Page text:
Engage in Engine Preparedness
Posted: April 1, 2014
Don’t waste that first unexpected great boating day.Have you ever noticed the first perfect boating day comes completely unannounced? It’s 40 and cloudy. It’s 40 and cloudy. Add 22 more days of 40 and cloudy. Then, on a Thursday: sunny and 72! “Boss, I’m (hack, hack) sick. I’ll be in Monday, for sure.”
Your boat was nicely winterized. What could go wrong? Before 8 a.m. you’re in the garage, yanking the winter tarp off the boat, moving the wheel chocks, raising the garage door, hooking up the truck and rolling out the driveway headed for the ramp. No way this day’s gonna escape you.
As you pull out of the drive onto the street, there’s an awful sound: You slam on the brakes, get out and find you neglected to tilt the engine up. Now the skeg is bent, but not a lot. The prop is also bent, but not a lot. Two “not-a-lots” make one spectacular “awful,” trust me. Blocking the morning commuters, you try to tilt the engine, but there’s no response from the cowl button. Up into the boat, off with the console cover — no key. Back to the battery, where you discover you disconnected the negative cable for the winter. You hook it up quickly, turn the battery switch to ON, tilt the engine, turn the battery switch to OFF. You wave at all the late commuters, and off you go.
At the ramp — it’s Thursday, remember — there’s no traffic. You swing a big arc and back down the ramp as though you’re a big-rig trucker. As soon as the bilge pump kicks on, you’re grateful you haven’t released the winch, because you have to haul the boat back out to install the drain plug. Back down the ramp, release the boat, tie it to a pier post and watch the single loop on the bow cleat pop off. Retrieve the boat using a branch, retie it, toss in your safety-gear bag, park the truck and trailer, run back to the boat, jump in, tilt the engine. It won’t. Battery switch! You switch it to ON, the engine tilts ever so slowly down.
When you turn the key on, the voltmeter shows 8 volts. You call and ask your wife to swing by the nearby auto-parts store to get you a new battery on her way to work. She does. You yank the old one out, install the new, turn the key to ON. Still 8 volts. The engine barely cranks over. She got a bad battery, obviously. You jump in the truck, blaze to the same store, swap batteries, go back to the boat and hook it up. Still 8 volts. Then you notice the corrosion on the negative cable, so you scrape it clean, reattach it with a star washer and voila, 13 volts.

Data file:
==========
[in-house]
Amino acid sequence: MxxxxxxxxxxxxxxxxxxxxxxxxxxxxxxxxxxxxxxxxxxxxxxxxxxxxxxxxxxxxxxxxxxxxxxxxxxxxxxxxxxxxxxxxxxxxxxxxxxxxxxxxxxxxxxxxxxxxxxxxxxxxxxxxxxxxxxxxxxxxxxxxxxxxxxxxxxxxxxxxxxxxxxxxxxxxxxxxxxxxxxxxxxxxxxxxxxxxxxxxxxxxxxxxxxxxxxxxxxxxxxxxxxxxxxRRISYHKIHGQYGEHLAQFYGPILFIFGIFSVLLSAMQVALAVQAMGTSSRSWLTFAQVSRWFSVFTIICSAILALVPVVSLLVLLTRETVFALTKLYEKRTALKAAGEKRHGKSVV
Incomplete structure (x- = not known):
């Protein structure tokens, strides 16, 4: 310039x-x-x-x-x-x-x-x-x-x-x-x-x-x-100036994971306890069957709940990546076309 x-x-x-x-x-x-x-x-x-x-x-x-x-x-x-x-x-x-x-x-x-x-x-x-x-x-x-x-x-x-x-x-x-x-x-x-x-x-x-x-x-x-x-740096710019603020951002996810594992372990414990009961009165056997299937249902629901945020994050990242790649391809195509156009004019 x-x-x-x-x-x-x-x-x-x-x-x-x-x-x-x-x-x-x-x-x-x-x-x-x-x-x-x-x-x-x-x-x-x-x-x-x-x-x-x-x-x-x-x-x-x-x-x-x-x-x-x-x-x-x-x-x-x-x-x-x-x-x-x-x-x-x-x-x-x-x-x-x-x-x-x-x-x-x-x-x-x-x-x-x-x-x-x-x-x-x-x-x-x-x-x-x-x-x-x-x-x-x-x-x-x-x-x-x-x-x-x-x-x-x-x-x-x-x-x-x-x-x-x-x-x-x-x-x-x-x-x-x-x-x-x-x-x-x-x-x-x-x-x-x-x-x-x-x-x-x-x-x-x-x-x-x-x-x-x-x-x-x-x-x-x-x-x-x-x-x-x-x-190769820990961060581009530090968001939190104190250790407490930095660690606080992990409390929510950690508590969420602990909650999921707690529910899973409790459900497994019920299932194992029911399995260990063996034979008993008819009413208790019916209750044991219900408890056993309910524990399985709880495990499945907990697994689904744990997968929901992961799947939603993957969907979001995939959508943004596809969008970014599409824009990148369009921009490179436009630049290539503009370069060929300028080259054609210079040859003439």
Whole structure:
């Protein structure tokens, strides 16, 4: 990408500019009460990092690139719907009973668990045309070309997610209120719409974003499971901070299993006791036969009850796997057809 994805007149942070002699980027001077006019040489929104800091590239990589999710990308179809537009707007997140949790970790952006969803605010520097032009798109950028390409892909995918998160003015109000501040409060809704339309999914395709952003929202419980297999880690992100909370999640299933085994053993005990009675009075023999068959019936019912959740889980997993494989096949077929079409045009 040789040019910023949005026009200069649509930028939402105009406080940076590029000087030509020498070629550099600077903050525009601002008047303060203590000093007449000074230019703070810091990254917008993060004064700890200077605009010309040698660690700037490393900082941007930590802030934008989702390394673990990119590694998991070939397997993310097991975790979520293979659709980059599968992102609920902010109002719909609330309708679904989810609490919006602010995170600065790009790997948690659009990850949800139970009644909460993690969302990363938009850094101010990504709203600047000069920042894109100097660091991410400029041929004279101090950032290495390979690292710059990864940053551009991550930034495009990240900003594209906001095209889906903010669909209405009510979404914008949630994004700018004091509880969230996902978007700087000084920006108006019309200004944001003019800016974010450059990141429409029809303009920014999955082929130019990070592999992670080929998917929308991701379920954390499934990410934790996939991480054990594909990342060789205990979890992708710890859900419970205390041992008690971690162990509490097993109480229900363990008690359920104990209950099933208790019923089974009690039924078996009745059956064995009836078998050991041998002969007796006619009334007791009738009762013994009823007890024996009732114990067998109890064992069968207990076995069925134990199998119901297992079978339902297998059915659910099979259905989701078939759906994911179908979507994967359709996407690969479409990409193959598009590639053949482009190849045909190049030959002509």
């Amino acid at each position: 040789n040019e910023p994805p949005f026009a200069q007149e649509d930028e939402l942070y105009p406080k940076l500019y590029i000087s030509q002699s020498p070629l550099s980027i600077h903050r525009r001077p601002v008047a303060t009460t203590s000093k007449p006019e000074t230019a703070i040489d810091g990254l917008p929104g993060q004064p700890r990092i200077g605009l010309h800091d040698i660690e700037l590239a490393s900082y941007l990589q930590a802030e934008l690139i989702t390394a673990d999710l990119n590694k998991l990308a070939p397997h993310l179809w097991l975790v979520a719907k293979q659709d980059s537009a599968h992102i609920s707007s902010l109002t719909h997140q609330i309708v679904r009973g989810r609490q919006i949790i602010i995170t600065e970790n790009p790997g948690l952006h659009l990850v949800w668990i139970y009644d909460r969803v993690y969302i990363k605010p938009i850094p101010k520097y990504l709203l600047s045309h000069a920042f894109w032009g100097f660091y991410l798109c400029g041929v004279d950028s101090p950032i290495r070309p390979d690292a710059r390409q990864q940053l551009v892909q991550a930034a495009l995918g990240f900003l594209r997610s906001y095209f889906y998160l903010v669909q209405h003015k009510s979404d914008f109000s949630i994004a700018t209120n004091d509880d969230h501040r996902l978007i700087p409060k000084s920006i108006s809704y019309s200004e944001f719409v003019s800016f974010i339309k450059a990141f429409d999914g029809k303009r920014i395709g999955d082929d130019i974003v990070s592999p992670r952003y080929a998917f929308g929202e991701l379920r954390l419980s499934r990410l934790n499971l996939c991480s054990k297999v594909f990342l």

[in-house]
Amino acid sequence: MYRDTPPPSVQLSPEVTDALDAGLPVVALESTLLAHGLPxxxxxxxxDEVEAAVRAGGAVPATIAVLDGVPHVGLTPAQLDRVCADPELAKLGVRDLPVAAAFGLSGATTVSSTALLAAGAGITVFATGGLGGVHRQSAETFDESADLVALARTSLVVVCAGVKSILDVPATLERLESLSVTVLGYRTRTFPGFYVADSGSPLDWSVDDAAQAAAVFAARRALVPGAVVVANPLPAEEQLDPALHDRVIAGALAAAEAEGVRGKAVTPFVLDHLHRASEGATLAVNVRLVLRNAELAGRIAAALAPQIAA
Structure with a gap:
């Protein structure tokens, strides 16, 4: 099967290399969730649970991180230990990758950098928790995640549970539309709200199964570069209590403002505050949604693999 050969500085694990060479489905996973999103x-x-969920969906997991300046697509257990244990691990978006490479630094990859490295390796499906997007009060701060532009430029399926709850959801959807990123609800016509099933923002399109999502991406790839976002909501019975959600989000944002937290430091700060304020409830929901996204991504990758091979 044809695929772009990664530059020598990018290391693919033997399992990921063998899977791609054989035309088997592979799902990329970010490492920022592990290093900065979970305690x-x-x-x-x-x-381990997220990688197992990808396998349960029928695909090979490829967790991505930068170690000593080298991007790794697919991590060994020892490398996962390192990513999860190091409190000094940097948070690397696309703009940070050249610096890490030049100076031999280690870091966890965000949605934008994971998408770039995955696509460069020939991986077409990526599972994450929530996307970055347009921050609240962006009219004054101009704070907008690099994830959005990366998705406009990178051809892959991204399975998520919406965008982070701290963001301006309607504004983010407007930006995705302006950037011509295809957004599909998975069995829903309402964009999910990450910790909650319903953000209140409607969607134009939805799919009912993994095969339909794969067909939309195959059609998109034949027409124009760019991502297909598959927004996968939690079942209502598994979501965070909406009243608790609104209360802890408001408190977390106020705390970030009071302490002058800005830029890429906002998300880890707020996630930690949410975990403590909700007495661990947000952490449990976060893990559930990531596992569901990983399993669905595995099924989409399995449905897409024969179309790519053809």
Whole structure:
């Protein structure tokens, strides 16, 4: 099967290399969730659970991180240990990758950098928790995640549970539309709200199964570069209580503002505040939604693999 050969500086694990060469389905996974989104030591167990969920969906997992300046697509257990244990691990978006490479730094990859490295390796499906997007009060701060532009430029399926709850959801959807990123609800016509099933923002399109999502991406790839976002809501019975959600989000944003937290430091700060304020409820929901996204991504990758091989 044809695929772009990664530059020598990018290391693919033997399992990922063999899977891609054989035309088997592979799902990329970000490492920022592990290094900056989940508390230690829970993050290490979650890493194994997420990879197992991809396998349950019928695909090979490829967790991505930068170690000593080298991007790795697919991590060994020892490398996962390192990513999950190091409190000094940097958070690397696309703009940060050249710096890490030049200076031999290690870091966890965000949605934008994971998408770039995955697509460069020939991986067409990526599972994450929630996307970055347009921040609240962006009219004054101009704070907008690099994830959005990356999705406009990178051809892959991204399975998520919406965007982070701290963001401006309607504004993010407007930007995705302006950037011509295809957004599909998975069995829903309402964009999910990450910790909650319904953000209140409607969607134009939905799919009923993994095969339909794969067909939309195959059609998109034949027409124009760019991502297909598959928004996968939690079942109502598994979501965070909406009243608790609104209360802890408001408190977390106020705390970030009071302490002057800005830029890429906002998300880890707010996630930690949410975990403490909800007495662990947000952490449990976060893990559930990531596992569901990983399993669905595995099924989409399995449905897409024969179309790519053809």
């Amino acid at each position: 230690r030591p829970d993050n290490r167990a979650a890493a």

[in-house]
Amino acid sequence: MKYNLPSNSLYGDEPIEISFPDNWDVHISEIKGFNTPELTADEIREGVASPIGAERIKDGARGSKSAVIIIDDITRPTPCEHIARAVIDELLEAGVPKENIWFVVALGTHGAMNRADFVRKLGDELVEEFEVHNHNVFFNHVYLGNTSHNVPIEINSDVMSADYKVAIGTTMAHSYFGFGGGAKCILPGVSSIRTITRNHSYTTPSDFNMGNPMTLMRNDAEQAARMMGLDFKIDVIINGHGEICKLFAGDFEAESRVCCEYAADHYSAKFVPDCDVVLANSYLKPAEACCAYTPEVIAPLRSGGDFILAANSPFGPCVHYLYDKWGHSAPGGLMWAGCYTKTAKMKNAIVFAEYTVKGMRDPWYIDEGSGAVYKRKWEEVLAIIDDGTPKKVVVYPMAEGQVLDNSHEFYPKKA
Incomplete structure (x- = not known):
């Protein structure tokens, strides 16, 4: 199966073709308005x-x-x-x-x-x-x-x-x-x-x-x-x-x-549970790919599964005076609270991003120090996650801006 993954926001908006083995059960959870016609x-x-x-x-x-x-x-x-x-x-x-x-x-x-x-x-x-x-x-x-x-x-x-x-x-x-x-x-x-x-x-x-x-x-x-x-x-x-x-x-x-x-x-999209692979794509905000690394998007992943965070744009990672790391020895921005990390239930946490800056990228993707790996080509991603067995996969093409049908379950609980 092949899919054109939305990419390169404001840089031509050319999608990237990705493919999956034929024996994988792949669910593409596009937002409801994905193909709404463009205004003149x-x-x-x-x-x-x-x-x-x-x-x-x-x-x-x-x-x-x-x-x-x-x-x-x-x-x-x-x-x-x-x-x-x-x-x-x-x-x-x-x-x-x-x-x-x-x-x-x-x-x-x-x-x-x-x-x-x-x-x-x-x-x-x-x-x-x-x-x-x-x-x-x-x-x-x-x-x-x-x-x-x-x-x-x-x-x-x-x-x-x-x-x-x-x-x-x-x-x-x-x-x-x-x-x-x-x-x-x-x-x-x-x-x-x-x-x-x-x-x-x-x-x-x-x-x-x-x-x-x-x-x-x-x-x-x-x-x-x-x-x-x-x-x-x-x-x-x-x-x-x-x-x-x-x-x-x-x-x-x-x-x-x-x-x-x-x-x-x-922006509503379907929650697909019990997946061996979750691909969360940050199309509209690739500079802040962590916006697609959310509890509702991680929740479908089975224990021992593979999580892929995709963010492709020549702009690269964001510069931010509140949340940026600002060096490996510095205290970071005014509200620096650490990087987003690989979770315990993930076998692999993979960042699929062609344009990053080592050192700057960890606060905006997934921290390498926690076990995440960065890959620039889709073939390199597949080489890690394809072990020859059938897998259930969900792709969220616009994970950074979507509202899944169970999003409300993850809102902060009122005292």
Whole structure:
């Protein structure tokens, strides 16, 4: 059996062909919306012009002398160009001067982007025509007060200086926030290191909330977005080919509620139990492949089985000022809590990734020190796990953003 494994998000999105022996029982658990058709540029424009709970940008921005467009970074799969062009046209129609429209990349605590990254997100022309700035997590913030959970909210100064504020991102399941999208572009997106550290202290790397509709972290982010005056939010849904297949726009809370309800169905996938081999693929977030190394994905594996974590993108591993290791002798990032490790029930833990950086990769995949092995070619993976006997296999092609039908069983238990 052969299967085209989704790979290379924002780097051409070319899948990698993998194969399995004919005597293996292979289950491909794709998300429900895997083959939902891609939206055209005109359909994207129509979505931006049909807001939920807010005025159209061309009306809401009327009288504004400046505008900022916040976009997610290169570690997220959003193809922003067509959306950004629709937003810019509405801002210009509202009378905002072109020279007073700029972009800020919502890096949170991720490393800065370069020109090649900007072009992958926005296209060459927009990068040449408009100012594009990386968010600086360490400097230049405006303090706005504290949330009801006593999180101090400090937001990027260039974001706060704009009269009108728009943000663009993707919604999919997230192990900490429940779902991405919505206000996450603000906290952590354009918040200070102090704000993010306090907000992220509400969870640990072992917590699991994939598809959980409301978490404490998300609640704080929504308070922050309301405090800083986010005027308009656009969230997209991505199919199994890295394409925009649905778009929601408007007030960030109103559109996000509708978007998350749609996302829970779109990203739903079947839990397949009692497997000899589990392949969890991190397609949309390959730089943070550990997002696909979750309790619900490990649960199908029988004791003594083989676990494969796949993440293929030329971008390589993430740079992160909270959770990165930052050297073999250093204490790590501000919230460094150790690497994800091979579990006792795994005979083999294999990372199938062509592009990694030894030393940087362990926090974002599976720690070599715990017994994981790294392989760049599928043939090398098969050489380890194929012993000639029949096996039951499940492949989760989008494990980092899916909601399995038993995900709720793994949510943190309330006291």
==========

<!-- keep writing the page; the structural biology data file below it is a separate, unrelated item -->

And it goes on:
You turn the key again — nothing. The gauge doesn’t move and a warning buzzer beeps. The safety lanyard is dangling free! Reattach it and the beeping stops, but the engine won’t turn over. The battery connections are fine; you rechecked. It’s 10 a.m. now, and the day is waning. You study the gauges; you turn the key. Nothing. The shift lever is in forward. Did you bump it? Move it into neutral. Aha! The engine cranks over with alacrity. You’ve already expended more energy than you would have at work, so you might as well enjoy the day.
In another scenario, everything happens the same until the point where the “engine cranks over with alacrity.” It doesn’t. You squeeze the primer bulb, engage the primer, crank the engine over. God love it, it tries to catch and run, but it’s not happy about it. The combusted fuel smells awful. You remember reading on the stabilizer can — the one you poured into the tank when the boat was in the garage, just before you put the winter tarp on — that it would preserve fuel for two years. It’s only been six months, for cryin’ out loud! You take the engine cover off, shoot starting fluid into the air box and the engine starts. And quits. Repeat effort, repeat result. The gods are not with you today. You dejectedly float the boat onto the trailer, snug the winch, tilt the engine, haul it home and bemoan losing a day’s wages without a suntan to offset it.
Want to avoid these scenarios, which I see a half-dozen times a year? Last things first: Fuel stabilizer does the engine components no good unless it’s run through the engine before it gets stored. If you have a 50-gallon tank that you add stabilizer to, it will take over a day for the stabilizer to become miscible with the fuel. Then you need to run the engine to get the treated fuel through the carb jets or EFI components. Otherwise, whatever you have in the fuel system will be garbage by springtime, and nothing helps my (taxable) bottom line more than rebuilding powerheads where aged, untreated fuel was expected to function. Fuel-system rebuilding is lucrative, too.
Make a checklist for yourself. Don’t even think of leaving the driveway until your voltmeter shows a full 12 to 14 volts (your gauge isn’t exactly precise) and your warning check buzzer works. You can tilt the engine up and down. With a flush attachment on your garden hose, you can start and run the engine, bring it up to normal operating temperatures, check for functioning thermostats and a smooth-running engine. Make sure the gas fill cap is on and tight. Look for abnormal leaks coming from anywhere around the engine. Check that the boat drain plug is in, the battery cables are clean and tight, you have an up-to-date safety kit on board, the engine is in its trailering tilt position and the battery selector switch turned to OFF.
Enjoy your day off next time, Ferris.